The Webster’s dictionary describes the ‘Bioscope’ as a kind of an early movie projector. However, in India it is popularly referred to a wooden box containing pictures and having four circular peeping holes. Whereas,  Bioscopewallahs are those people who operate the box accompanied by songs, stories and jokes. They usually wander carrying a bioscope on their back and a tripod under the arm.

There were a number of Bioscopewallahs in India before the advent of television. Now they have become sporadic and are confined mostly to the villages.

Rau Kisan Waghmare is one such entertainer who is still eagerly awaited by children from all walks of life. They enjoy the show for a few minutes, but are left with memories of it forever.

Rau was born in a dalit family in Dev Dhanora, a remote village in Osmanabad district, in Maharashtra – India.  He played songadya in a tamasha  theatre company before he became a Bioscopewallah.

In 1971 his tamasha company closed down as a result of a draught. Jobless, Rau decided to leave his village in search of employment. He took a free drought relief train to Bombay along with his family. There he happened to see some Bioscopewallahs perform. He was impressed by the prospect of making it a livelihood, especially because it involved singing and entertaining, which he was accustomed to in the tamasha company. He and his family worked as labourers for a month, brought a bioscope and moved back to their village. Rau performed his shows even on his way back.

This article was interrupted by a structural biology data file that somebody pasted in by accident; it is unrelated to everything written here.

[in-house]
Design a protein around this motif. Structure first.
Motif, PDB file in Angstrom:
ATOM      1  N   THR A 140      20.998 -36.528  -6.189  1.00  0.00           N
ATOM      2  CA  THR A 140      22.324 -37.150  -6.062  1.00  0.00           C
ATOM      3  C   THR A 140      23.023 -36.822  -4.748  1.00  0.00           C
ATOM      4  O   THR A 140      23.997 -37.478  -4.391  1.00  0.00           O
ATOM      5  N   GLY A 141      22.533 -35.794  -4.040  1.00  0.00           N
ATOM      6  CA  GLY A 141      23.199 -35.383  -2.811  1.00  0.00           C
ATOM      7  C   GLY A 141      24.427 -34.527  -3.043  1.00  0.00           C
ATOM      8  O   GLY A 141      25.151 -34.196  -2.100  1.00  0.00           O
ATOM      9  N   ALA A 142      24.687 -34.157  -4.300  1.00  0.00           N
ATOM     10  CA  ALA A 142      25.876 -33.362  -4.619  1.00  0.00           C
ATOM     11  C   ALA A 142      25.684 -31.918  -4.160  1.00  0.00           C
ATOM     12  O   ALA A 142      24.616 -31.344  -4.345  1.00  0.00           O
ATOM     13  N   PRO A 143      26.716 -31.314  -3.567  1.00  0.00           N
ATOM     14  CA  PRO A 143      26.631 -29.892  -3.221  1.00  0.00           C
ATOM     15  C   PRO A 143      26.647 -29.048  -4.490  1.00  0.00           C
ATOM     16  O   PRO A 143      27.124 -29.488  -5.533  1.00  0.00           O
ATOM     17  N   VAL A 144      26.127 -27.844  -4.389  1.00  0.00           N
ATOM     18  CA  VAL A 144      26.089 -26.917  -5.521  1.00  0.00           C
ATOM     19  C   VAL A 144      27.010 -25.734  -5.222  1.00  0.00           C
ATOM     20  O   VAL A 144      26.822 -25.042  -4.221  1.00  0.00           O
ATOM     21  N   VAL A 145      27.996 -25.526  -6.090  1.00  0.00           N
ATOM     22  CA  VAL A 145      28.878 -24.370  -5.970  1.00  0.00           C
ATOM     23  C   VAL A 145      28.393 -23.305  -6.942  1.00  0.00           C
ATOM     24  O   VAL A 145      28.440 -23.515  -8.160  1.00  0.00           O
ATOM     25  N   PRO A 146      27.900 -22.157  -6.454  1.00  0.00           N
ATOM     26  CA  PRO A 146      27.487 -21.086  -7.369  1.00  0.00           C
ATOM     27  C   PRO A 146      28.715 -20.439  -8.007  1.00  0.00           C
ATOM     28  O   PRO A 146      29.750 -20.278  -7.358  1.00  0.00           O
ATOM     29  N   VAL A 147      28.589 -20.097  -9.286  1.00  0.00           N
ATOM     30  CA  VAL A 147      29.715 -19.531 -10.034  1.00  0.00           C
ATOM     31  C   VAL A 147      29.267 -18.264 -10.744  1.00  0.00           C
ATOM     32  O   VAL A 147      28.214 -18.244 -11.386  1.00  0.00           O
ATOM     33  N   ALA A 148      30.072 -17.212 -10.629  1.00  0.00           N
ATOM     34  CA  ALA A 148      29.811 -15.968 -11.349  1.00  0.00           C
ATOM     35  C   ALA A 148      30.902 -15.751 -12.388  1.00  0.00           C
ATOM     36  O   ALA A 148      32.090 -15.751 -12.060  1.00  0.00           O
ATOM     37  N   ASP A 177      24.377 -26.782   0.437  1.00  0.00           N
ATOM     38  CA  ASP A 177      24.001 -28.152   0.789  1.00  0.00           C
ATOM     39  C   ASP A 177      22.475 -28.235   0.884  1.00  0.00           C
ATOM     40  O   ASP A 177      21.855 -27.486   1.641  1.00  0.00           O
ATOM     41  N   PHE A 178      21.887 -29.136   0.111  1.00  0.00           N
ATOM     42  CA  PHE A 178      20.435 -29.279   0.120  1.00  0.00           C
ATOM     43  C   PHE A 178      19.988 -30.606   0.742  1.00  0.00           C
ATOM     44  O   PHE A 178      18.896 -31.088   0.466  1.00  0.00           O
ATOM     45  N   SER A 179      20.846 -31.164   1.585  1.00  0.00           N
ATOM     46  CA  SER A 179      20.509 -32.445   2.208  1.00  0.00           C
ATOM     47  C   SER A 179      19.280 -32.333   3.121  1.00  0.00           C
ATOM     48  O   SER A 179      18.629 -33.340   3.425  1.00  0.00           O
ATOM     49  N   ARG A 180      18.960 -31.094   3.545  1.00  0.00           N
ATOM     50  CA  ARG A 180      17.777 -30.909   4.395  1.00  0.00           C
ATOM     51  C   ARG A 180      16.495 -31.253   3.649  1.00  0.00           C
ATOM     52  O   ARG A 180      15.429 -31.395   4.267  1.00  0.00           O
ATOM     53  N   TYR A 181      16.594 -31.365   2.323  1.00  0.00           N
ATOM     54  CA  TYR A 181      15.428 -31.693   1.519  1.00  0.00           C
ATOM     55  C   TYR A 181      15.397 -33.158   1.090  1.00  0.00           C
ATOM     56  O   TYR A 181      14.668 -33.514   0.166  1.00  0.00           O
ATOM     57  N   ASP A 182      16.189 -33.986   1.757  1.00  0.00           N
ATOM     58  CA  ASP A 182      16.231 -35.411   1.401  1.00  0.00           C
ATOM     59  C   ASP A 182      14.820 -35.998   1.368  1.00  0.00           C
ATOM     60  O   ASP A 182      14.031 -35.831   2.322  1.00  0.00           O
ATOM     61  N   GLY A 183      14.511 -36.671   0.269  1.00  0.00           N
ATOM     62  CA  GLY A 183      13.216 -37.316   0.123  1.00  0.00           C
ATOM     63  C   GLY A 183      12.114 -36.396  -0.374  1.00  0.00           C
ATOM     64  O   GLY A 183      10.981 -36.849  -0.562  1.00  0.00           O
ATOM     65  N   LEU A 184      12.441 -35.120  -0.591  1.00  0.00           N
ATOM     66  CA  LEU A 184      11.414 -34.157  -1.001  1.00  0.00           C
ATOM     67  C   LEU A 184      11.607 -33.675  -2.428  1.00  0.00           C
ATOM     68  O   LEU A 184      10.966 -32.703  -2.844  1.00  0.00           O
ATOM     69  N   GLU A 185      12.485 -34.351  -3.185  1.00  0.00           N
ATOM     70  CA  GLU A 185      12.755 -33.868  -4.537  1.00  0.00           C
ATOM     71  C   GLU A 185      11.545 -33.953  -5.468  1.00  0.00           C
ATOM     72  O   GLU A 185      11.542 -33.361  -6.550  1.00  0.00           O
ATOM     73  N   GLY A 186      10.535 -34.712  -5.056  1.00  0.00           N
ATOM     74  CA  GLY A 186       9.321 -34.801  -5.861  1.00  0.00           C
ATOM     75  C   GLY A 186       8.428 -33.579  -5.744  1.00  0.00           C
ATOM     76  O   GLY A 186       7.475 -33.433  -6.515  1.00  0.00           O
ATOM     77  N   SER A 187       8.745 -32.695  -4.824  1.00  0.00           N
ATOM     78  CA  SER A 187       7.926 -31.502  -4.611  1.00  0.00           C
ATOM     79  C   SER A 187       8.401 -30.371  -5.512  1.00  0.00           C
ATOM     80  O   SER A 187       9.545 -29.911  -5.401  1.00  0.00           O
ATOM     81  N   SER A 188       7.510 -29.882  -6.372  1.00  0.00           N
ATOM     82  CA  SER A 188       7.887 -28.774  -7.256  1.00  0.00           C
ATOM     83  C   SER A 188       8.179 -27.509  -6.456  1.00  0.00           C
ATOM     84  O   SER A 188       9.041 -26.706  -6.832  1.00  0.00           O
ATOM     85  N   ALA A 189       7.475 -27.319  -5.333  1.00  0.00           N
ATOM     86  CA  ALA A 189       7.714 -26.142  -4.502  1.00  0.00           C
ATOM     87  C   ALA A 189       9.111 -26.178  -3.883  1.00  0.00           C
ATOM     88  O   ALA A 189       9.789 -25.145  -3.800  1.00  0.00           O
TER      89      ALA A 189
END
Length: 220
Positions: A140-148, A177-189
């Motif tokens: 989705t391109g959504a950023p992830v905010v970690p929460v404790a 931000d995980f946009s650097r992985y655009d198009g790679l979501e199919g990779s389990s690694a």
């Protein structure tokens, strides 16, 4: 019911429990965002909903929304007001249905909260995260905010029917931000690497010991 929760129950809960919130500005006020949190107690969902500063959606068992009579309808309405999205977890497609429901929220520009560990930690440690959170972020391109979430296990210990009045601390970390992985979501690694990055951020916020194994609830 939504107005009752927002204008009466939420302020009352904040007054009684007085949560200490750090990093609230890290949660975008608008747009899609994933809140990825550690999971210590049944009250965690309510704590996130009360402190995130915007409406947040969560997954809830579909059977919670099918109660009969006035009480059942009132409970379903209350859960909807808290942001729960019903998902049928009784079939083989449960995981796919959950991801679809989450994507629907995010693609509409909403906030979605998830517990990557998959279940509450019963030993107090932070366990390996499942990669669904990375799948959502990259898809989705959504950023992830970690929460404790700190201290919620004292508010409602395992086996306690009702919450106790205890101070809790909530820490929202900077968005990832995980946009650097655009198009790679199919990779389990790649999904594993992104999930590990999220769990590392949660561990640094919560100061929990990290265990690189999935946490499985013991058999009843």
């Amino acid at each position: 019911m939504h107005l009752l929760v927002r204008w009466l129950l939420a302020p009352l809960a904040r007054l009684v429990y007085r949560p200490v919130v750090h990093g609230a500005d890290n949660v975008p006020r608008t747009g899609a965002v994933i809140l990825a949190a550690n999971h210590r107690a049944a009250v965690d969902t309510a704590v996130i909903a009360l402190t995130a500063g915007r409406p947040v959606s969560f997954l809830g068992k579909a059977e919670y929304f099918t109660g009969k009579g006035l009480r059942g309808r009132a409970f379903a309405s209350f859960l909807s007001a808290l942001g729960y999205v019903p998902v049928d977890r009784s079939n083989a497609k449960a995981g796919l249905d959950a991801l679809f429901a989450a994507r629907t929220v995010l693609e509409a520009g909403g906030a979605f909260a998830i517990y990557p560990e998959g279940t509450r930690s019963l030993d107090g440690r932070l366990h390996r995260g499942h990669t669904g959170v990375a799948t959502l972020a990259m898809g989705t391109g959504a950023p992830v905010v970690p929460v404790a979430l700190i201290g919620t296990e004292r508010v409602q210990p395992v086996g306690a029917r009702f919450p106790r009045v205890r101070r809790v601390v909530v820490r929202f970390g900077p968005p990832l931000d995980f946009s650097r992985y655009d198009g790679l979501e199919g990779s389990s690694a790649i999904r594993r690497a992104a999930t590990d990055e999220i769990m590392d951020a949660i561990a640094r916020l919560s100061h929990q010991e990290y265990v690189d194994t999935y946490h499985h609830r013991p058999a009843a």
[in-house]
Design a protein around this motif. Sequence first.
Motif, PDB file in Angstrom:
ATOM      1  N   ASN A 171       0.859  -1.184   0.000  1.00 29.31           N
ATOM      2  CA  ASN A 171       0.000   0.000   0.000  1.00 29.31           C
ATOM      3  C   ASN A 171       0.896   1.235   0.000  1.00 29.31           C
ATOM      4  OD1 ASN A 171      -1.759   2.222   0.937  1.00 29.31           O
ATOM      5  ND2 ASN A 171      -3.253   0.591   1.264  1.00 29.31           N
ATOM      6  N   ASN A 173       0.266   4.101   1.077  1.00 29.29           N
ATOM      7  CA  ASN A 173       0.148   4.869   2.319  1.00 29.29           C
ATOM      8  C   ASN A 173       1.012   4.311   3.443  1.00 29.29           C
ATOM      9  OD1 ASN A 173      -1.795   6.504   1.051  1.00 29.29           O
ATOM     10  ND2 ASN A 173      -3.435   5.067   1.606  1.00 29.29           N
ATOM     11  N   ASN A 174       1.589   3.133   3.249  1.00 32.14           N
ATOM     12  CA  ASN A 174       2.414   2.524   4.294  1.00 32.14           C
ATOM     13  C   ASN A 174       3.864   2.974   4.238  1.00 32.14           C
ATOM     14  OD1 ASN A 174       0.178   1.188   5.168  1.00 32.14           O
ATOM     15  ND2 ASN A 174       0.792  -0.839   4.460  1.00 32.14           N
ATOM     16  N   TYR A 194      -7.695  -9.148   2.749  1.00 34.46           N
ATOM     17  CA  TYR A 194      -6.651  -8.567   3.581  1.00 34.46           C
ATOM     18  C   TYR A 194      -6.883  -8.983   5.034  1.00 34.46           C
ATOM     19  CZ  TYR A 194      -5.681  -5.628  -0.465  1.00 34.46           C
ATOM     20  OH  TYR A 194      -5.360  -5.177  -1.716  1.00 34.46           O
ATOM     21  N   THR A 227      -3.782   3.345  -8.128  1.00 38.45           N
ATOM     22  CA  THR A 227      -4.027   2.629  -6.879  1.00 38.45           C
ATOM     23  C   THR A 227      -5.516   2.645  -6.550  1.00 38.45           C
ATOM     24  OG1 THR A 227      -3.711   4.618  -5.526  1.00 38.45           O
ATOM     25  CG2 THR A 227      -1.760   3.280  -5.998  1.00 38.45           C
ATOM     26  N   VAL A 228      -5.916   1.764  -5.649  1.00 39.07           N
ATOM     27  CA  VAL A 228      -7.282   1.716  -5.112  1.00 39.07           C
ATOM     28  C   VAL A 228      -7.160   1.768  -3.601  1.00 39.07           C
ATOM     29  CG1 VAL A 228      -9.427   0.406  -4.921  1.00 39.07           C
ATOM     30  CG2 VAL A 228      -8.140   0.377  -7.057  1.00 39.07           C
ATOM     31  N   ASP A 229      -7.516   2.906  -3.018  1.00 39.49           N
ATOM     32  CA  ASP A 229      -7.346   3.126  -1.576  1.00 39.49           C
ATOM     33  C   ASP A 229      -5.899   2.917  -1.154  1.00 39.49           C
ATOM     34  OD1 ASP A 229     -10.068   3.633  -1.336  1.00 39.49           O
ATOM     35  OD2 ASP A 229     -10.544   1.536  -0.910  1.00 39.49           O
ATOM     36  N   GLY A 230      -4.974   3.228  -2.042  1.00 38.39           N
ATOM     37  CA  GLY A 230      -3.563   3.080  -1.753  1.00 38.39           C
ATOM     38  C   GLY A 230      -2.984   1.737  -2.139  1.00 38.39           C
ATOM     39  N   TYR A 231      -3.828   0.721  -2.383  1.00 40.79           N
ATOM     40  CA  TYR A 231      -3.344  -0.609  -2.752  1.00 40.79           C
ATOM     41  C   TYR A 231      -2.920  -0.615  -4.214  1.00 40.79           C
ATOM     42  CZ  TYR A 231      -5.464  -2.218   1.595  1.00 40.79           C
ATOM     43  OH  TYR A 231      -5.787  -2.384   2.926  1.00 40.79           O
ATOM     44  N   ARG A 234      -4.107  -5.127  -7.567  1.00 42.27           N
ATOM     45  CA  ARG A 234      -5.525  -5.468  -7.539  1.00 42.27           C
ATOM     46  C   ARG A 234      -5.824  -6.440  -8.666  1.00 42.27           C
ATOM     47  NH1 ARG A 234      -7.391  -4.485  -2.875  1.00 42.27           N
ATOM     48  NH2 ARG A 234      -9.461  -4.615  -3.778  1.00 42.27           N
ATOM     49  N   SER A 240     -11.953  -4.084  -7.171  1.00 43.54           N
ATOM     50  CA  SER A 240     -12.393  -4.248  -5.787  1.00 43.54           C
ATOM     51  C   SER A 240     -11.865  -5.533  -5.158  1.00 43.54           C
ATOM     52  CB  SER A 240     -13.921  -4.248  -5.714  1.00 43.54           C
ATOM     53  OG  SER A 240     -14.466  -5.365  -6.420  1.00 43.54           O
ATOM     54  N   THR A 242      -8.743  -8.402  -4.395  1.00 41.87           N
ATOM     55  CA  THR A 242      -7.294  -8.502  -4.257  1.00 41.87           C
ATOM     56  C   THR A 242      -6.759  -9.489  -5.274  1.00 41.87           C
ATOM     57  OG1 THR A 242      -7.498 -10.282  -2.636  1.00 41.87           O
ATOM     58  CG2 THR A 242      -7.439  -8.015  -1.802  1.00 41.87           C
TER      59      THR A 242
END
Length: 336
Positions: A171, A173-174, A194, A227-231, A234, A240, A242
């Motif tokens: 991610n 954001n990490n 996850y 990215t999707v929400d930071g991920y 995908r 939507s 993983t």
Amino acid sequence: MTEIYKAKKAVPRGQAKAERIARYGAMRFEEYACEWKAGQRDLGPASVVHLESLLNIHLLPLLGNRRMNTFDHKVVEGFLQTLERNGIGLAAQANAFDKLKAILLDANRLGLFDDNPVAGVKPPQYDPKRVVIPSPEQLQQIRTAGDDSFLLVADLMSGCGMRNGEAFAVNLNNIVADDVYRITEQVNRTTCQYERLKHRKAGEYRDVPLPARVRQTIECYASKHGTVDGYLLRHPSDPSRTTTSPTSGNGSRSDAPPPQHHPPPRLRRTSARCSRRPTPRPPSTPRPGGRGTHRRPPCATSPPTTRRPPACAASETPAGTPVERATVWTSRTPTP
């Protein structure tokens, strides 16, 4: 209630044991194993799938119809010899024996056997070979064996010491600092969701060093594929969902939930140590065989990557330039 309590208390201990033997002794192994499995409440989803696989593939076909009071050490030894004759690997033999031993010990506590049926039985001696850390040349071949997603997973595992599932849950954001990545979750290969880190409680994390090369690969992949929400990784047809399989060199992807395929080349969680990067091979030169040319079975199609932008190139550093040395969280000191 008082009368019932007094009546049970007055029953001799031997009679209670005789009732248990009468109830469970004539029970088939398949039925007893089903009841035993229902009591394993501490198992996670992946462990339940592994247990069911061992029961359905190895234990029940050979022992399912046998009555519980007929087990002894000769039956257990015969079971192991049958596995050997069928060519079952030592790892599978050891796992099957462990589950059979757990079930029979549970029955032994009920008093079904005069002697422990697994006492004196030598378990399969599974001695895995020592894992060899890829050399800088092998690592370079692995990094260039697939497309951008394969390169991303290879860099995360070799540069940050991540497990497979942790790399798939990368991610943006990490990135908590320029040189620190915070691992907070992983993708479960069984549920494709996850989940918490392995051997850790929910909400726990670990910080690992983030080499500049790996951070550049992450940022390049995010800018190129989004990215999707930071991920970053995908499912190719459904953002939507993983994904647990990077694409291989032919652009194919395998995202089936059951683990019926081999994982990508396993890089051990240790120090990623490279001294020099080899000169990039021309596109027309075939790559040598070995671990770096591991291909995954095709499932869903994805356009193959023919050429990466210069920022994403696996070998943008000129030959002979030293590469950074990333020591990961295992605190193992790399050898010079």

Rau, the songadya, was transformed into a Bioscopewallah.

About 35 years ago began his journey with the wooden box. During those days he charged his little patrons 5 paise each. As time went by, he increased it to Re. 1 and occasionally charges Rs. 2, subject to, locality.

The Bioscope earned for him everything he wanted.  He built a house in his village and got all his children married. However, after about a decade, he moved to Pune in Maharashtra because his sons hoped to find better opportunities in the city. Unfortunately, that was not to happen and his sons have taken to drinking.

Rau Waghmare, at 84, still works hard for survival. Notwithstanding his age, the scorching heat or bitter cold, he sets out with his bioscope to earn a couple of humble meals and to look after his crippled wife.

Nevertheless, poverty has not diminished his zest for life, his endless struggle and pride in his work.

-  Roopali Rokade 



Dalit: In South Asia's Hindu caste system, a Dalit — formerly called untouchable — is a person outside the four castes, and considered below them. Included are leather-workers, scavengers, street handcrafters, poor farmers and laborers.

A songâdyâ is a feigner in a tamasha, who puts on various acts and makes people laugh with his crisp jokes and gestures.

Tamâshâ is a peculiar form of folk drama.

A Paisa (pl. Paise) is a monetary unit currently equivalent to 1 / 100th of a Rupee

Rupee is the name for the currency used in India.